State of the Scott

It was a weakened and chastened president who came before the American people last night, talking about tax cuts and begging for some progress on health reform someday. The proof of his diminished legislative prospects?
President Obama said he wanted action this year to abolish policies that prohibited gays from openly serving in the military, for the first time establishing a timetable for one of his long-held goals. Obama called for repeal of the 1993 "don't ask, don't tell" law near the end of his State of the Union speech, addressing the issue in a single, passing mention, but rekindling the debate between supporters and opponents of the move.
Don't ask, don't tell is of such minor concern to the president that it wasn't part of last year's agenda - he was going to be too busy passing things Americans hate like cap & trade, card check and immigration reform to be bothered with DADT. This bone, thrown to his liberal base, is proof of how impotent the White House now considers itself to be. Compliments? The Boston Globe calls Obama's State of the Union a defensive speech.
The jolt of fear that Scott Brown’s victory over Martha Coakley sent through the Democratic world obviously shook the White House as well. Obama sought to remind voters that he is the true vessel of change by stressing his anti-Washington bona fides. He still wants to promote bipartisanship, to behave magnanimously toward his rivals, to keep his administration as clean and open as possible.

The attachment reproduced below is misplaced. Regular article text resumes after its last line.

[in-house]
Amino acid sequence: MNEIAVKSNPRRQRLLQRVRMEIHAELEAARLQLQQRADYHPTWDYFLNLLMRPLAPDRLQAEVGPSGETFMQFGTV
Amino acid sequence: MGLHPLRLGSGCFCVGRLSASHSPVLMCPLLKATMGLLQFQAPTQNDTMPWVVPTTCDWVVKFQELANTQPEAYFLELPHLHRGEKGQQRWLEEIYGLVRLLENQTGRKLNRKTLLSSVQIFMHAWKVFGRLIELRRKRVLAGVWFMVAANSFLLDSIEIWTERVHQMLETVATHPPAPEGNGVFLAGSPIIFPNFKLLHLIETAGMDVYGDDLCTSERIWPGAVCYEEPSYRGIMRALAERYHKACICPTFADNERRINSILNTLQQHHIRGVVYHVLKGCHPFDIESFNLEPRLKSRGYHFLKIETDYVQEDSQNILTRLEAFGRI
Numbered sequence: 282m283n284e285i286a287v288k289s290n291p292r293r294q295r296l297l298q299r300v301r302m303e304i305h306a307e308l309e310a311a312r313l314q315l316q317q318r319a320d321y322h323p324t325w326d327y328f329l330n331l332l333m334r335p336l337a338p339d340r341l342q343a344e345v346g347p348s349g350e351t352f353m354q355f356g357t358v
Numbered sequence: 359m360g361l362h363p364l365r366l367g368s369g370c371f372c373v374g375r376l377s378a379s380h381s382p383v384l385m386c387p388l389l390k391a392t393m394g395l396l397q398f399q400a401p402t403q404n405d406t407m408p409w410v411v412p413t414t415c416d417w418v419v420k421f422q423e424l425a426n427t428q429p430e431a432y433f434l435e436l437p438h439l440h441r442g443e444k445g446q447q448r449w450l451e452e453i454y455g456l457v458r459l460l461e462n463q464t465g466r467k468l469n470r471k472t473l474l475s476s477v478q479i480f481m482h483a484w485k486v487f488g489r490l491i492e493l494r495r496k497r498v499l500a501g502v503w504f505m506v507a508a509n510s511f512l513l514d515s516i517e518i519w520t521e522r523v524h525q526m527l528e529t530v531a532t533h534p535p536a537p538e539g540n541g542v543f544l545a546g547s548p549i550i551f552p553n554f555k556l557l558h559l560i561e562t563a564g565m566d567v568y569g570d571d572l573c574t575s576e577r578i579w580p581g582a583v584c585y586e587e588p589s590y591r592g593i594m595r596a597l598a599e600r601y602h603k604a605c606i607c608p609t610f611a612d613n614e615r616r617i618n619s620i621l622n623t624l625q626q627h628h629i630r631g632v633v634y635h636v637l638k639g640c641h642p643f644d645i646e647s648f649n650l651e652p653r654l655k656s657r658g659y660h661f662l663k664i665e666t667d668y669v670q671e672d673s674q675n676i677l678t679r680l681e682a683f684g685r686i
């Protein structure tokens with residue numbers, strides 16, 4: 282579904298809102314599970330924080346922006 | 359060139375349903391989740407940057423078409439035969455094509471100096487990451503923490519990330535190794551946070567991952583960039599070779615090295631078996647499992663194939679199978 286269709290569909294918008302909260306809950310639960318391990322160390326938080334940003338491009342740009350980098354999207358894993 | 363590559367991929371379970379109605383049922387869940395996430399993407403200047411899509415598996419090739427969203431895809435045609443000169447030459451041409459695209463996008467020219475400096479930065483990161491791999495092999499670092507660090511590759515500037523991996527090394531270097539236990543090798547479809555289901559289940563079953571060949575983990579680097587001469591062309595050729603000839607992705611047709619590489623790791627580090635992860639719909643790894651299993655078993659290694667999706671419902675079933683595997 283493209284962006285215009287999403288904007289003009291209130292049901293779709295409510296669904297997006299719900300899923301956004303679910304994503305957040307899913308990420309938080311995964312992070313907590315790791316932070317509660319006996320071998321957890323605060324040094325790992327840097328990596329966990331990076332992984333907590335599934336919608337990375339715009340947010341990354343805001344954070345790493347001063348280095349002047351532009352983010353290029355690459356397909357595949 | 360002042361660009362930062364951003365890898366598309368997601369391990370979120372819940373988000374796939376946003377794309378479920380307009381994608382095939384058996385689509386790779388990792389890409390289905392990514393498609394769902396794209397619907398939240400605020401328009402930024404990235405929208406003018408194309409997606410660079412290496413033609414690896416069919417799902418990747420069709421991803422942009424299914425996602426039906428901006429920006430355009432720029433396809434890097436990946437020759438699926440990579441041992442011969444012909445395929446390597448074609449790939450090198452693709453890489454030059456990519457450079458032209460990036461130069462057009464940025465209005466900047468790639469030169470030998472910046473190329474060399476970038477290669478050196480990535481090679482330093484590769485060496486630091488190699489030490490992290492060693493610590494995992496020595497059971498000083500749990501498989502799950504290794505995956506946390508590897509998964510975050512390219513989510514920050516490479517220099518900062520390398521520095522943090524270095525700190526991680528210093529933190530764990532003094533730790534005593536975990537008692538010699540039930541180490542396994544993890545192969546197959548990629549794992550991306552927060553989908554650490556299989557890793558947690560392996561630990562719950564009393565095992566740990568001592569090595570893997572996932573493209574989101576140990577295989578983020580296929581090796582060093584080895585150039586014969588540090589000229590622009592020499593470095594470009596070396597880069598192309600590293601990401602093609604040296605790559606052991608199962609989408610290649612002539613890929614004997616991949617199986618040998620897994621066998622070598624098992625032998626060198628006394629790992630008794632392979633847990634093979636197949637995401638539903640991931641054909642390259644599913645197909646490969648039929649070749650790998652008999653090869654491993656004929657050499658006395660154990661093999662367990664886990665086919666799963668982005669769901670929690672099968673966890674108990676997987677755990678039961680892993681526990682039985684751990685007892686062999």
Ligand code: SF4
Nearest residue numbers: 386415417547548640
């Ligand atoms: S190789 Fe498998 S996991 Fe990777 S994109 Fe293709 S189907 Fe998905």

The Boston Herald also highlighted Obama's fear of Scott.
President Obama never mentioned him by name, but Republican rising star Scott Brown - and his game-changing Senate victory last week - loomed large over the hourlong State of the Union address last night. “Our administration has had some political setbacks this year, and some of them were deserved,” Obama said. “But I wake up every day knowing that they are nothing compared to the setbacks that families all across this country have faced this year.”
Here's Scott Brown's response to the State of the Union speech last night:
“I was pleased to hear President Obama acknowledge that our economy must be a national priority and I applaud him for taking some important first steps. But putting America back to work requires bold action. Bold action means broad-based tax cuts for families and businesses to create jobs and not merely targeted tax relief. Bold action also means major reform and restructuring to actually cut spending and not just freeze it. I look forward to working with my colleagues on both sides of the political aisle on far-reaching new initiatives that will put our economy back on track and get our fiscal house in order.”